Gardening With Less Water

For garden-loving families all over the Triangle, there’s a hot concept for spring and summer: xeriscaping.

Gardening this year is all about ways to enjoy a favorite pastime, but with less water. By using drought-resistant and native plants, smart watering techniques and planting strategies with an eye toward water conservation, you can still have your garden and enjoy it, too.

Here are some tips on how to garden with less water.

Consider your landscape

First, be sure your garden space won’t lose water because of runoff or sloping land. Choose a flat area for plants, and leave sloping property for decorative stones.

When choosing plants, group them according to water requirements. In this case, plants should mostly have low-irrigation needs. If you have a prize rosebush in the middle of drought-tolerant plants, you’ll still run the water too often over plants that don’t really need it. So be sure to keep low-water plants in groupings away from those that may need a little more water.

Also determine whether you need to enrich the soil with nutrients or organic material to help it retain water. Some types of soil stay moist longer than others.

Care for the area

“One of the best things you can do to help your garden during a drought is to weed,” says Michelle Wallace, consumer horticulture agent with the N.C. Cooperative Extension at the Durham County Center. “It’s not glamorous, but weeds take nutrients and water away from plants we love. By actively managing weeds, you’ll reduce the amount of water taken away from your garden. It’s especially important to weed during a drought.”

Ideally, you will have established plants. But if you have to start from seeds, Claire Miller, a master gardener volunteer with the Wake County N.C. Cooperative Extension, suggests covering the seedlings with newspaper.

“Poke a hole for the seedling,” she says. “A very thin layer —maybe a quarter- or a half-inch thick — will keep weeds out for a while. You’ll be able to water just your plant.”

Save water

Save water from any rainfall using rain barrels, or even simple buckets, to capture water coming from gutters. A rain barrel doesn’t have to be an eyesore, either. Discreetly tuck your rain barrel behind bushes or paint it to match your house.

Use mulch to keep the garden beds wet. “Put two to three inches of mulch around your plants,” Wallace says. “Too much is detrimental, but you need it to retain moisture.”

Depending on the type of mulch, it also can help boost the nutrients in your garden. If you use grass clippings, for example, you’ll give your garden a shot of nitrogen. A good compost is an entirely natural mulch that is nutrient-rich, too. (And if you use your own compost, you cut down on the amount of material heading to the landfill, as well!)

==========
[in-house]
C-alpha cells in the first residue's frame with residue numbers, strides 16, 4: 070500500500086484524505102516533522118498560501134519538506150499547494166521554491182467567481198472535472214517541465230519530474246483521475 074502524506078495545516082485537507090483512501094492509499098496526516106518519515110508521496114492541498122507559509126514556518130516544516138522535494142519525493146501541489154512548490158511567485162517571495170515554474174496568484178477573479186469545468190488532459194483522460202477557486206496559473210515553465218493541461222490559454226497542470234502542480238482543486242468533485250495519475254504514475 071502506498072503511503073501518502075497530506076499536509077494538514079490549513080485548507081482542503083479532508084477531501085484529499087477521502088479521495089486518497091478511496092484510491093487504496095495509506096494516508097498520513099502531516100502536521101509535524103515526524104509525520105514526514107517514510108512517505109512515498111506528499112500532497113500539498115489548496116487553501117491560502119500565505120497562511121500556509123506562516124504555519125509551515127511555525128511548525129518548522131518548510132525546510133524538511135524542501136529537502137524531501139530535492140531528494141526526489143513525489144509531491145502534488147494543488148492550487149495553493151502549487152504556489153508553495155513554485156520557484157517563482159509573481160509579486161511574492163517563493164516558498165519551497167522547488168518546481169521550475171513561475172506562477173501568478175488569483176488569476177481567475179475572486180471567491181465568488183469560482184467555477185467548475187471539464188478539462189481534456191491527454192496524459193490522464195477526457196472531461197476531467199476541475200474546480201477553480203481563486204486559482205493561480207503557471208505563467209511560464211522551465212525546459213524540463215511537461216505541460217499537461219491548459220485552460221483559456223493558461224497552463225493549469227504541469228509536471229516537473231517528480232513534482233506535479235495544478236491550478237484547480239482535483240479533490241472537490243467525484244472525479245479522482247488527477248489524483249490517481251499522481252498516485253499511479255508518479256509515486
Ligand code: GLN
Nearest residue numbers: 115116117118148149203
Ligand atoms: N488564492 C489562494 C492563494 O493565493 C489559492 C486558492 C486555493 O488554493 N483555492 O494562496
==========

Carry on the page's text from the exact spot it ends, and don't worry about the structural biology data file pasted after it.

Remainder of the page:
Contain it

Another easy way to enjoy gardening, but with less water, is to let your kids try container gardening.

“Containers are a great way to go in a drought situation,” says Greg Nace, director of horticulture at the Sarah P. Duke Gardens in Durham. “Where it’s not as practical to water an entire vegetable garden, you can still grow some vegetables and herbs in a container. Many bulbs are also very easy to grow and don’t require a lot of moisture.”

Encourage kids to help find interesting containers. You can try traditional plastic pots, but also look for more whimsical and fun items, too. Line an old boot with a heavy plastic bag and fill it with soil, then plant some bright flowers to decorate your front doorstep. Or try using a brightly colored old toy that your child has outgrown to house herbs. Set old plastic egg halves into an egg carton (so they won’t tip over) and plant delicate plants like herbs or grasses.

“Because it’s small, it’s easy to rescue water to use in a container garden,” Wallace explains. “You can even put a bucket in the shower to fill while you wait for the water to warm up before your shower.”

The key to decorative container gardens is choosing the right plants. For drought-tolerant plants, Wallace suggests:

• For a “thriller,” or a plant that draws the eye, try an ornamental grass with beautiful foliage, like Muhlenbergia capillaris in pink or green.

• For a “spiller,” a plant that cascades over the sides of the container, try golden creeping Jenny in chartreuse green.

• For a “filler,” a plant that fills the container horizontally, Wallace recommends dianthus.

Little green thumbs

If gardening with your kids is a favorite family activity, shift gears a little during drought conditions. Rather than gardening with plants that require a lot of water, try some garden-themed activities instead.

When is more plentiful, you can return to the green things of summer and still have memories of garden activities from this year.

Some “no water required” garden activities to try include making garden pavers from concrete, butterfly feeders, worm composting bins, scarecrows or a garden sundial.

Kathleen Reilly is a Triangle-area writer and author of Planet Earth: 25 Environmental Projects You Can Build Yourself, to be published in April. For information, go to www.kathleenreilly.com/books.html.

Low-Water Plants

The N.C. Cooperative Extension recommends the following drought-resistant plants:

Ground Cover
Carpet Bugle
Algerian English Ivy
‘Blue Pacific’ Shore Juniper
Creeping Juniper
Liriope
Common Periwinkle

Annuals
Snapdragon
Ornamental kale
Calendula
Geranium
Petunia
Marigold
Pansy
Zinnia

Trees
American Holly
Virginia Pine

Categories: At Home, Green Living, Home, Lifestyle

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